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Identifying the ” Authoritarian Personality” in Sri Lankan Politics Through Nine Principal Traits Outlined in the “Fascist Scale”

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Sarath de Alwis

It is our fate to live in this lost age of promise and hope. As the brilliantly blunt political satirist Art Buchwald put it, These are not the best of times or the worst of times but the only times we’ve got.

New Year festivals are measures of time. From our tribal days, we have relied on festivals and rituals usually linked to harvesting times as a device that offers a renewal of life. On this New Year, our nation is focused not so much in a renewal in life but to make sense out of chaos that surrounds us in life.

After a life and death struggle to free ourselves from a tyrannical autocracy which succeeded somewhat partially, we seem to be again blinking at the abyss, tottering at the top of the precipice of parochial prejudice.

A group of Marxist philosophers now known as the ‘Frankfurt School’ fled Hitler’s Germany and took refuge in Berkeley California.

In that Academic refuge, the leader of the group, Theodore Adorno edited a volume titled The Authoritarian Personality. It was a part of a larger project that covered what bothers us today. It was called “Studies in Prejudice”.

The thinkers led by Adorno dissected the ‘Authoritarian Personality.’ They used what was called the F scale- the Fascist scale. It identifies nine principal traits in the authoritarian personality.

Exaggerated concern

Power and Toughness is carefully projected. Conventionalism is observed with meticulous attention. Submission to authority was amply rewarded. Anti-intellectualism was religiously observed. S

uperstition was ingrained. Destructive nature was habitual. Cynicism towards general norms was natural. The authoritative personality had an exaggerated concern over sex.

Now, if the reader can identify the Authoritarian personality in our midst today using the F scale designed by the Frankfurt School – the path breaking philosophical think tank of the 20th Century, my labours would be amply rewarded. Our society is a primitive society. Our cultural attitudes resist economic incentives and opportunities. We want school uniforms. We do not want vouchers. We need the fertilizer in a bag. We do not want to decide what fertilizer to use. We have stopped thinking for ourselves.

The authoritative personality, the powerful patriarch, beloved of the Sangha does all the thinking we need.

The Sangha endorse what the leader wants because they are in comfortable collusion to keep things as they are.

Now comes our greatest misfortune. By a combination of fortuitous circumstances, we succeed in changing the helmsman. Hope is short lived.

The changed order is not authoritative but is subject to the authority of the traditional order. In this age of space travel, we believe, the surface of the moon has the profile of the rabbit painted by ‘Sakka’ the king of gods who is also entrusted with the task of protecting this sacred island.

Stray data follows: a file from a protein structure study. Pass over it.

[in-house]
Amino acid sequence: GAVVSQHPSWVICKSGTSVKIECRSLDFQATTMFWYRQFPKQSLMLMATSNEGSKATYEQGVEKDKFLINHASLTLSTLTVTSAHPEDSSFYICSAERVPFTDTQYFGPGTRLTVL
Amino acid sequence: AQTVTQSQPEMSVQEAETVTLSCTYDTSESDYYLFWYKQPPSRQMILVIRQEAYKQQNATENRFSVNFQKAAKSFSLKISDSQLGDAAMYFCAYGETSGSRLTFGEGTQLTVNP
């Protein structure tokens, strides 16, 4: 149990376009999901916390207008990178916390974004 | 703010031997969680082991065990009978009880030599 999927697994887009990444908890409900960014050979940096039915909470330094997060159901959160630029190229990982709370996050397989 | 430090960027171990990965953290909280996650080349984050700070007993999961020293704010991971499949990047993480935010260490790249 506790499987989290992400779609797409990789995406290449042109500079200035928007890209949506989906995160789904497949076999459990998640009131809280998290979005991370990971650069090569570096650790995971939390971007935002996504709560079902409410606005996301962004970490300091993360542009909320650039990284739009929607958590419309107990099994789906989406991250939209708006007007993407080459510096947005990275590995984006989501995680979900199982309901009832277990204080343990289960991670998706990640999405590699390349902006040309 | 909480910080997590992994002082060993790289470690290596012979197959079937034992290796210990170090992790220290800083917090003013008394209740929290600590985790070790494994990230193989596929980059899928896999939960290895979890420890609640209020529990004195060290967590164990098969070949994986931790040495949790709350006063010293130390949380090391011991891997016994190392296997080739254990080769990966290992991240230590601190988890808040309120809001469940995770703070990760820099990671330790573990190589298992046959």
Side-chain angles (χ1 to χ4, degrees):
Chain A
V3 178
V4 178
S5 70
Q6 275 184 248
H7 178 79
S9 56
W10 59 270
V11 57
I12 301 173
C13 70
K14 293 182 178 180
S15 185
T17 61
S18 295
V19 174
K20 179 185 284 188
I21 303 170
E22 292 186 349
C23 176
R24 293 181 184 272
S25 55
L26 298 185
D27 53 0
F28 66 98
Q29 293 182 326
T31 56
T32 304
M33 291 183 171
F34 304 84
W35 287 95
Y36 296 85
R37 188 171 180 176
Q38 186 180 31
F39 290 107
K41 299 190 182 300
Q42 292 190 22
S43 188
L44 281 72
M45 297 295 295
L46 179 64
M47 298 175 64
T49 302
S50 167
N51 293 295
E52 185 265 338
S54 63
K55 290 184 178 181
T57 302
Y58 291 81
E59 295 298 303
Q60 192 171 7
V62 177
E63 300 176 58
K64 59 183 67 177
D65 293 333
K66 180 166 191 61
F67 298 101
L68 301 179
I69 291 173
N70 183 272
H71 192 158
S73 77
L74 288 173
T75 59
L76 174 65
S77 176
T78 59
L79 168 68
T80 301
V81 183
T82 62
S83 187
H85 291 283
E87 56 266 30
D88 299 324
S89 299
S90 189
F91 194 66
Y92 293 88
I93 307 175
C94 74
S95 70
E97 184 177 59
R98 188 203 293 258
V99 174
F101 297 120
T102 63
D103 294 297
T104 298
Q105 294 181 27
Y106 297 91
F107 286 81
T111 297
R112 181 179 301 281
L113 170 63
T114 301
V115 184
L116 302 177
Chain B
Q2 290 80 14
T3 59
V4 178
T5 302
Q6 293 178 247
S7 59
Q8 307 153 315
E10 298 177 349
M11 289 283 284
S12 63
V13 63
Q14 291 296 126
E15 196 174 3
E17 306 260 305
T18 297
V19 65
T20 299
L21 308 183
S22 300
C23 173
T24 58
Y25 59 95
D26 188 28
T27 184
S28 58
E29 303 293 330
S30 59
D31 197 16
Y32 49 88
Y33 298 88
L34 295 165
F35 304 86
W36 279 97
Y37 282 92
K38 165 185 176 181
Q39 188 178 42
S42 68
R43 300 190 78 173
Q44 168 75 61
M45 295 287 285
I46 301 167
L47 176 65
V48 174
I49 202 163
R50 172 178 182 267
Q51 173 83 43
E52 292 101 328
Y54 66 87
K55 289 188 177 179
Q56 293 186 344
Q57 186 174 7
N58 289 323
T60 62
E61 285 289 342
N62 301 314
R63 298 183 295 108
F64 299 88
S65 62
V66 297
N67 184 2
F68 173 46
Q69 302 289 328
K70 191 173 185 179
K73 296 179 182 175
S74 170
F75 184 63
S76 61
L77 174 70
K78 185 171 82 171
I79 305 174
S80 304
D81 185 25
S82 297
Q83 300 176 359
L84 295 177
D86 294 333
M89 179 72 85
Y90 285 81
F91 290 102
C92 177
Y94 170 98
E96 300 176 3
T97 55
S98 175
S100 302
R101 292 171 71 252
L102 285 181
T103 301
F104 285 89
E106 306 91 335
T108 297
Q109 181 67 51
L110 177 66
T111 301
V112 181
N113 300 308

This warped piety and allegiance is the bane of pluralist and democratic Sri Lanka. With Sangha in authority, over matters political, our entrapment is deadly. The vertical transmission of cultural and social values is a weapon that was developed with exquisite élan in the decade of the Mahinda Rajapaksa monolith.

Electronic, digital media

Rajapaksa brothers are sponsors and patrons of nearly all Buddhist ventures in to electronic and digital media. This vertical transmission is as effective as genetic inheritance.

Karl Marx told us that economic development would bring about pervasive cultural changes. A century and a half later, Samuel Huntington in his Clash of Civilisations insists with more than adequate proof that cultural values are an enduring and autonomous influence on society.

Bhikku Madagoda Abayatissa thera is the spiritual pilot and rhetorical navigator of the Pohottu Party and the Rajapaksa Klan. Speaking at the launch of a book – Punchi Chandayen Janapathiwaranayata Kalayuththe Kumakda’ (Lessons of the mini election for Presidential stakes) he presented the flight plan for the Pohottuwa party. “We must build a nationalist movement as was done in 1956.”

Negative side

We have come a long way since 1956. What happened in that watershed year was a historical change of course. What the monk remembers is the negative side of that change.

There was also a positive side of that change that Pieter Keuneman the Communist later recalled. “I doubt whether we will ever witness so moving a spectacle as the people streaming in to Parliament, as they did after the election of 1956 and reverently and affectionately stroking the benches where the members they elected would sit.”

Despite the disorder that followed the negative aspects of the 1956 that Rasputin of the Rajapaksa tribe recalls today, the country has progressed. Received wisdom assumes that economic development impacts traditional norms and values. We mistakenly hope that absolute assumptions, beliefs and practices of the tribal order will make way for a plural order that is rational, tolerant, trusting and participatory.

Cultural change is path dependent. Who sets out the path? In our Sri Lanka the Buddhist clergy still exercise that prerogative.

Mahinda Rajapaksa during his Presidency gave Ven Medagoda Abayatissa thero a first-hand experience of the perks that await mercenary monks.

He is anxious to have them restored. It included a state security detail, a Pajero SUV among others. Raja Bhavathu Damminko

Courtesy:Sunday Observer

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